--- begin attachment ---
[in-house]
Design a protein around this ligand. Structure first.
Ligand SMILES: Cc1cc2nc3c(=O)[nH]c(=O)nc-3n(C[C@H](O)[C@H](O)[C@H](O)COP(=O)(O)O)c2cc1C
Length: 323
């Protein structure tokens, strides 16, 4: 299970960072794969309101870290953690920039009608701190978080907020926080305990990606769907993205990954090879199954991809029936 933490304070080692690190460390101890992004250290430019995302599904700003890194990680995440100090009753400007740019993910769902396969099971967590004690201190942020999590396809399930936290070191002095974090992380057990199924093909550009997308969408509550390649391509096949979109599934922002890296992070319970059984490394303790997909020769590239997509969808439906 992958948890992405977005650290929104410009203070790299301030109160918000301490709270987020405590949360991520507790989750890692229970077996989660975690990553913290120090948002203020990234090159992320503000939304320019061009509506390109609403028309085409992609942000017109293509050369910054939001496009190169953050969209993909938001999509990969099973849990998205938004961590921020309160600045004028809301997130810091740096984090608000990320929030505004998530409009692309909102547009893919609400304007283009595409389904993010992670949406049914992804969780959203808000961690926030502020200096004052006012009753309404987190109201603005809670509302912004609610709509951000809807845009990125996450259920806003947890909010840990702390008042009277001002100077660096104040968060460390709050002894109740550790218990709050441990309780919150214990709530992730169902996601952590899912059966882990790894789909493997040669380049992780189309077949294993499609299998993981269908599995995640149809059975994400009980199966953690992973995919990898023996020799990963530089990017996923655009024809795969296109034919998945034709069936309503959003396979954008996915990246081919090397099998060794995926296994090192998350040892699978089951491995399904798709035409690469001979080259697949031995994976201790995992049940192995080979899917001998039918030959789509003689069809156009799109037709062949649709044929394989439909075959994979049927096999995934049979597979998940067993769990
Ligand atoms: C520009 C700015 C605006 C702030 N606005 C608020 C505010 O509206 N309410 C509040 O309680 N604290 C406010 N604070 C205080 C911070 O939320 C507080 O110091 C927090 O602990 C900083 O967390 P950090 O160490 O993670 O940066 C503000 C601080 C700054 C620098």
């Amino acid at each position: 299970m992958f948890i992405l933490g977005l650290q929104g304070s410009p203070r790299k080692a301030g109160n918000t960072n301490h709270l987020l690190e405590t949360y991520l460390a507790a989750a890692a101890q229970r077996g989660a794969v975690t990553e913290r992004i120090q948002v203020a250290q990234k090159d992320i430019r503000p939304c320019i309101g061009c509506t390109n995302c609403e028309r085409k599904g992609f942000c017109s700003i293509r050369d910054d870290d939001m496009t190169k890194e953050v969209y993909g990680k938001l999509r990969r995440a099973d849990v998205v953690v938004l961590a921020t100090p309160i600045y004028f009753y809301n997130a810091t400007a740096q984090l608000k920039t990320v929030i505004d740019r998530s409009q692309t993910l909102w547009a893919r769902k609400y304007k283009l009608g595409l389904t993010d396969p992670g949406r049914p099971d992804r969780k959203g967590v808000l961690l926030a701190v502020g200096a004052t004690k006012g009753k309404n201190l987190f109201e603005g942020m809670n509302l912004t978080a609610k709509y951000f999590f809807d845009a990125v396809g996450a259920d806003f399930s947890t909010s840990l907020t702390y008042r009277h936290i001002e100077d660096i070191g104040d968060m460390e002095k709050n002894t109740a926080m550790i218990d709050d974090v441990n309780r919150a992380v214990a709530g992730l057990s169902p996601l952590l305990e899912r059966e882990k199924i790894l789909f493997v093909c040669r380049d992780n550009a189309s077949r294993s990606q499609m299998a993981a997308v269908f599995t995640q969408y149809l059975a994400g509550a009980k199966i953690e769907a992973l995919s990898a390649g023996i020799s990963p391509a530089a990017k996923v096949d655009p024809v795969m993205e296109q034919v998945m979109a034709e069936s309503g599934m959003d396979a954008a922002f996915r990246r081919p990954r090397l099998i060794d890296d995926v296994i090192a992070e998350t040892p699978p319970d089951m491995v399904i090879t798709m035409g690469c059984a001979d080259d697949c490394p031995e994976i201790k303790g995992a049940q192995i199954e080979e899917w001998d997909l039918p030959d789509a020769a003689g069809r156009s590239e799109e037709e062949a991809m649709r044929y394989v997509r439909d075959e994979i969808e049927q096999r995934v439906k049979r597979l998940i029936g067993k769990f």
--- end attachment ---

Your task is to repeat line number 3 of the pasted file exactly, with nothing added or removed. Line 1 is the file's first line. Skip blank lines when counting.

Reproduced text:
Ligand SMILES: Cc1cc2nc3c(=O)[nH]c(=O)nc-3n(C[C@H](O)[C@H](O)[C@H](O)COP(=O)(O)O)c2cc1C